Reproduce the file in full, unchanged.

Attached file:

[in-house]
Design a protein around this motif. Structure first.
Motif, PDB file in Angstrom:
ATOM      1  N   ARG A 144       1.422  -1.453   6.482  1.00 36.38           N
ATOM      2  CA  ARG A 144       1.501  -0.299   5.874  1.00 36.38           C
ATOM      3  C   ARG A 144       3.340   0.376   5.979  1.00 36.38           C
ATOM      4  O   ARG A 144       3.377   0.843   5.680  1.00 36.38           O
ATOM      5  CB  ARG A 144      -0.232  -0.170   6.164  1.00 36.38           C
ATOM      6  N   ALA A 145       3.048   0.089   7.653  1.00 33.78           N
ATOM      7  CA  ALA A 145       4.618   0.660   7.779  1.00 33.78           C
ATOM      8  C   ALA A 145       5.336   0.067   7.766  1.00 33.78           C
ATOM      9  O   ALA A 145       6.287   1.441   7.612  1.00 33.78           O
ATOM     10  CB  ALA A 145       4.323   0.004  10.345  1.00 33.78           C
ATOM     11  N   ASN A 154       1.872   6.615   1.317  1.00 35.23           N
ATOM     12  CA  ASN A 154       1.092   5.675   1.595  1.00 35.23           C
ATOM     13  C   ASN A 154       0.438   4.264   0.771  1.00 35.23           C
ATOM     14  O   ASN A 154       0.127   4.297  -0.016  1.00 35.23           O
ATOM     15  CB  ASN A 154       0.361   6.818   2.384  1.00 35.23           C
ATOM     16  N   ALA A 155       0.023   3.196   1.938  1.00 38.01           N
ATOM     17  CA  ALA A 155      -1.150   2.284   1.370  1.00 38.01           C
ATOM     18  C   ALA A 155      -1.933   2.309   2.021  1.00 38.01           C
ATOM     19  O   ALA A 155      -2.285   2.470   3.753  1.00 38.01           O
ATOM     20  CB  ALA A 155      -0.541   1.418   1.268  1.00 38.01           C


[in-house]
Design a protein around this motif. Structure first.
Motif, PDB file in Angstrom:
ATOM      1  N   ARG A 144       1.422  -1.453   6.482  1.00 36.38           N
ATOM      2  CA  ARG A 144       1.501  -0.299   5.874  1.00 36.38           C
ATOM      3  C   ARG A 144       3.340   0.376   5.979  1.00 36.38           C
ATOM      4  O   ARG A 144       3.377   0.843   5.680  1.00 36.38           O
ATOM      5  CB  ARG A 144      -0.232  -0.170   6.164  1.00 36.38           C
ATOM      6  N   ALA A 145       3.048   0.089   7.653  1.00 33.78           N
ATOM      7  CA  ALA A 145       4.618   0.660   7.779  1.00 33.78           C
ATOM      8  C   ALA A 145       5.336   0.067   7.766  1.00 33.78           C
ATOM      9  O   ALA A 145       6.287   1.441   7.612  1.00 33.78           O
ATOM     10  CB  ALA A 145       4.323   0.004  10.345  1.00 33.78           C
ATOM     11  N   ASN A 154       1.872   6.615   1.317  1.00 35.23           N
ATOM     12  CA  ASN A 154       1.092   5.675   1.595  1.00 35.23           C
ATOM     13  C   ASN A 154       0.438   4.264   0.771  1.00 35.23           C
ATOM     14  O   ASN A 154       0.127   4.297  -0.016  1.00 35.23           O
ATOM     15  CB  ASN A 154       0.361   6.818   2.384  1.00 35.23           C
ATOM     16  N   ALA A 155       0.023   3.196   1.938  1.00 38.01           N
ATOM     17  CA  ALA A 155      -1.150   2.284   1.370  1.00 38.01           C
ATOM     18  C   ALA A 155      -1.933   2.309   2.021  1.00 38.01           C
ATOM     19  O   ALA A 155      -2.285   2.470   3.753  1.00 38.01           O
ATOM     20  CB  ALA A 155      -0.541   1.418   1.268  1.00 38.01           C